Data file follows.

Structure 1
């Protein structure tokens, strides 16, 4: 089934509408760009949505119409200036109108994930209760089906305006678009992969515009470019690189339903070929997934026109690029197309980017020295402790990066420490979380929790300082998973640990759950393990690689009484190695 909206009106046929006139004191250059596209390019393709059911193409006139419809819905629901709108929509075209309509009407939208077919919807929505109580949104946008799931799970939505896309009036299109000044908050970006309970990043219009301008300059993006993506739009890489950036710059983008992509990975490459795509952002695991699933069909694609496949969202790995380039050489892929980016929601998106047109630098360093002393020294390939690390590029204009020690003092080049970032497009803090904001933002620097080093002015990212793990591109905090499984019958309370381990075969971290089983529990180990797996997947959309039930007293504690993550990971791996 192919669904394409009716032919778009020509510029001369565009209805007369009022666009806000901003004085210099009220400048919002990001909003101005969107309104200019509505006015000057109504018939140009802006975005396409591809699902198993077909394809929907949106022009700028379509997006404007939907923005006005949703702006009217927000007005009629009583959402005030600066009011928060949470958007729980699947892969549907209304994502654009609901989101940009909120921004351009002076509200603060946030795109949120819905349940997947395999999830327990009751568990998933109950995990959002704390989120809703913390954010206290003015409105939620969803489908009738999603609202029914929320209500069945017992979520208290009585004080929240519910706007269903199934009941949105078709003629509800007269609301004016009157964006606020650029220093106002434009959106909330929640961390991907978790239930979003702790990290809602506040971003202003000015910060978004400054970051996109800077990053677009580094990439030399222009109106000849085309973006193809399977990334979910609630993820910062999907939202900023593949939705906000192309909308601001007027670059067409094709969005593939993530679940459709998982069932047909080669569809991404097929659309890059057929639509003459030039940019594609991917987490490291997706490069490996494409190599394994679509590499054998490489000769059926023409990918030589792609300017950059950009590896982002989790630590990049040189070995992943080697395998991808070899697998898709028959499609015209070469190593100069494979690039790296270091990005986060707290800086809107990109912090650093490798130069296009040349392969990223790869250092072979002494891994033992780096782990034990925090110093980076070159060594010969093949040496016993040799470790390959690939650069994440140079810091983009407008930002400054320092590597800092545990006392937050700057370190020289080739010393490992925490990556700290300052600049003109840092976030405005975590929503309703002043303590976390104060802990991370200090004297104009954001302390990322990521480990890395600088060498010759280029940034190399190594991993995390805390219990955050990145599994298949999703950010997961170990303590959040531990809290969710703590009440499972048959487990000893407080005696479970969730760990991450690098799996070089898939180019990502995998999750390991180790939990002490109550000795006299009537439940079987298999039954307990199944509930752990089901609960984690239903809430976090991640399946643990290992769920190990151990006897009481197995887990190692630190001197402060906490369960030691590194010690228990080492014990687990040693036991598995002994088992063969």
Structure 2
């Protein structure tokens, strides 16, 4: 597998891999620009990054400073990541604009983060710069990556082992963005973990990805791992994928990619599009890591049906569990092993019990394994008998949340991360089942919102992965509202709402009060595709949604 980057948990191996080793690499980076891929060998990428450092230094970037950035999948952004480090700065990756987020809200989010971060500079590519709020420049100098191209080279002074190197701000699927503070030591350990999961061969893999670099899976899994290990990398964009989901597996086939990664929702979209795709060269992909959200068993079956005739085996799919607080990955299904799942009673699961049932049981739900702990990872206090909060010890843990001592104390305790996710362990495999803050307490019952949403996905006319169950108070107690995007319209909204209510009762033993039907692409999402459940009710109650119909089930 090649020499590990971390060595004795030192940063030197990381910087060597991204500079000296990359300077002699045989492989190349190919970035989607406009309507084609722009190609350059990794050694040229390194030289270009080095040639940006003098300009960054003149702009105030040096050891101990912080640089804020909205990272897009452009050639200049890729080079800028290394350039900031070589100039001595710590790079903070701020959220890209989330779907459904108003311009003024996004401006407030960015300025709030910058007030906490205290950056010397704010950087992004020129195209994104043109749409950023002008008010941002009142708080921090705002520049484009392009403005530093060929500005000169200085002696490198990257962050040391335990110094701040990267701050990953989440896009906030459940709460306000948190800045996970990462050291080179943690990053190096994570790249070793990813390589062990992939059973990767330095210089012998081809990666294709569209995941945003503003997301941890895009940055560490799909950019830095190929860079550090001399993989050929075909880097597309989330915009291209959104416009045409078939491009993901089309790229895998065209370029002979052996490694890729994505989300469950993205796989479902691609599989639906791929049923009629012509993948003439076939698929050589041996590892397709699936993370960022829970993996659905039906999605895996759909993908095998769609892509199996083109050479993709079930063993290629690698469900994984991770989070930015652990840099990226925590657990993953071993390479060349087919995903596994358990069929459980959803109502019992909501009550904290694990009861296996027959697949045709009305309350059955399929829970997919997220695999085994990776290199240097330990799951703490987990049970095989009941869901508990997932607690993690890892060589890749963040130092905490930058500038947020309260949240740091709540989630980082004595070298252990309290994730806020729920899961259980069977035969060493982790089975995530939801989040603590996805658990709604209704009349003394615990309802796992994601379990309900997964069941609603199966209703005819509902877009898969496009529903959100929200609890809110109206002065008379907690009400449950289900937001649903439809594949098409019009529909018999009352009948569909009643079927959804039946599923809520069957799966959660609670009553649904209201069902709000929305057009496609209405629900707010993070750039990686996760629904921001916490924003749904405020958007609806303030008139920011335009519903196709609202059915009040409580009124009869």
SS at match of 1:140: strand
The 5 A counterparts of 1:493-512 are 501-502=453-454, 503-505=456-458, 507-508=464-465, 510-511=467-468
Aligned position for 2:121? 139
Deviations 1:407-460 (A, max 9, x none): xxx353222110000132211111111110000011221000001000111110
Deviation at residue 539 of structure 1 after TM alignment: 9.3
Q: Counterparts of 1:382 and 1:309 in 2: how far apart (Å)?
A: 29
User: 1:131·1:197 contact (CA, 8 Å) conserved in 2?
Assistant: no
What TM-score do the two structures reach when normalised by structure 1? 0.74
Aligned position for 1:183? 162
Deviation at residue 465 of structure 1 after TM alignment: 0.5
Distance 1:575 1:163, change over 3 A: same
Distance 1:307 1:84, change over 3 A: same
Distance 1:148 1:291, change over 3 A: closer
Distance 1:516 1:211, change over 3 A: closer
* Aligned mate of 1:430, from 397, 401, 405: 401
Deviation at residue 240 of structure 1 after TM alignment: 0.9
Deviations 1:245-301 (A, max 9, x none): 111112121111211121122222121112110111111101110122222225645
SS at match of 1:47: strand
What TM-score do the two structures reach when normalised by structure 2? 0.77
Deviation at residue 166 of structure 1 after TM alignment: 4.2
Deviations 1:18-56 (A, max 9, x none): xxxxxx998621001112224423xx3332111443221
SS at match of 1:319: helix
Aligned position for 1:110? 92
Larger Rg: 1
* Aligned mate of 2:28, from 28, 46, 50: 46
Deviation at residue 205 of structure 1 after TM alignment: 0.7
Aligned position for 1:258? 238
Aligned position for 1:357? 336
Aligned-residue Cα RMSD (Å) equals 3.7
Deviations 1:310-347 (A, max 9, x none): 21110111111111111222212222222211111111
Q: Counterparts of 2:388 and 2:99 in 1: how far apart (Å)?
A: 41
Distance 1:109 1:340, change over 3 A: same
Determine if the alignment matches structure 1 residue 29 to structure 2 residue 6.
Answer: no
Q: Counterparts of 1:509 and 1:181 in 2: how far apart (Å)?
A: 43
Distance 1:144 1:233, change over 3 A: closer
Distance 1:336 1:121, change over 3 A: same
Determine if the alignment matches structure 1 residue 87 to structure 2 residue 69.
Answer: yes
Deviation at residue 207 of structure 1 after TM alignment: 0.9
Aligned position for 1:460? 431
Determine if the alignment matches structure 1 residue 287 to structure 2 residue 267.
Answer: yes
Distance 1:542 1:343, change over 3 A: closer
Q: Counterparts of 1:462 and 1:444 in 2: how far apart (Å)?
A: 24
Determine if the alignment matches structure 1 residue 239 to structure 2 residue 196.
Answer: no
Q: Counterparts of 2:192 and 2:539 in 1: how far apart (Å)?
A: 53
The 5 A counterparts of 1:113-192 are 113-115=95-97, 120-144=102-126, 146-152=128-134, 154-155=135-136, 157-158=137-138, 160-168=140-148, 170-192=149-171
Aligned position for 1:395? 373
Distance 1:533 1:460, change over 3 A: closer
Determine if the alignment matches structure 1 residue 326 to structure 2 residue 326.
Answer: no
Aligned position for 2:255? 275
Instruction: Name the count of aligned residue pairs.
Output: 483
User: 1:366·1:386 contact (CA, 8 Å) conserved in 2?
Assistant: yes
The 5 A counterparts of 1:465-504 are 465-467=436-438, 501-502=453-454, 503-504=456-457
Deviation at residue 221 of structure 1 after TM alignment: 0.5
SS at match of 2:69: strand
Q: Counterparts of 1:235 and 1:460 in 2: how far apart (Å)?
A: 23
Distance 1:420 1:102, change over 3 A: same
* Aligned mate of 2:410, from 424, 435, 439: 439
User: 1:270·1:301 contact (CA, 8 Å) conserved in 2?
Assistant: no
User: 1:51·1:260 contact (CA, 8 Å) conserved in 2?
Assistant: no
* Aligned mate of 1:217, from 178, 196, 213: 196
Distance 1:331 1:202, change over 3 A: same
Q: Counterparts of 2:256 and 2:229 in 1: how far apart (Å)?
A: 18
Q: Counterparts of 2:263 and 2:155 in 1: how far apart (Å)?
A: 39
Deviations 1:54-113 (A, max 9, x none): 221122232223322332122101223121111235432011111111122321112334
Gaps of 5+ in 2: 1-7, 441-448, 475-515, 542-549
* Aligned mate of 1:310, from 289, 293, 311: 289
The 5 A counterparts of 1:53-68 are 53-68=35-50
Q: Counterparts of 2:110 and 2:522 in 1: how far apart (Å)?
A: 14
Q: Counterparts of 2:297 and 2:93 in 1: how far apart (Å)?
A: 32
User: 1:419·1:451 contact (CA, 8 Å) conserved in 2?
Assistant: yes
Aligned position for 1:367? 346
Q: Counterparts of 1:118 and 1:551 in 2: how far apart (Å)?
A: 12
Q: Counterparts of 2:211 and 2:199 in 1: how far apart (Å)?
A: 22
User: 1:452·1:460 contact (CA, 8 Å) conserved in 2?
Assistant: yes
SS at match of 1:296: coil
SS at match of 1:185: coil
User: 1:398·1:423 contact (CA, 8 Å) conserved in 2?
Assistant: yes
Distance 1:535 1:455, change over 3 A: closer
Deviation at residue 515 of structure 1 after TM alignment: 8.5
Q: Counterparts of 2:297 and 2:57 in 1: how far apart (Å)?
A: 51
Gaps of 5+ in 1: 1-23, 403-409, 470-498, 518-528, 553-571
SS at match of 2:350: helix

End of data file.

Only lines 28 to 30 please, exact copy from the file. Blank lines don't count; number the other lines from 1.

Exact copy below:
SS at match of 1:319: helix
Aligned position for 1:110? 92
Larger Rg: 1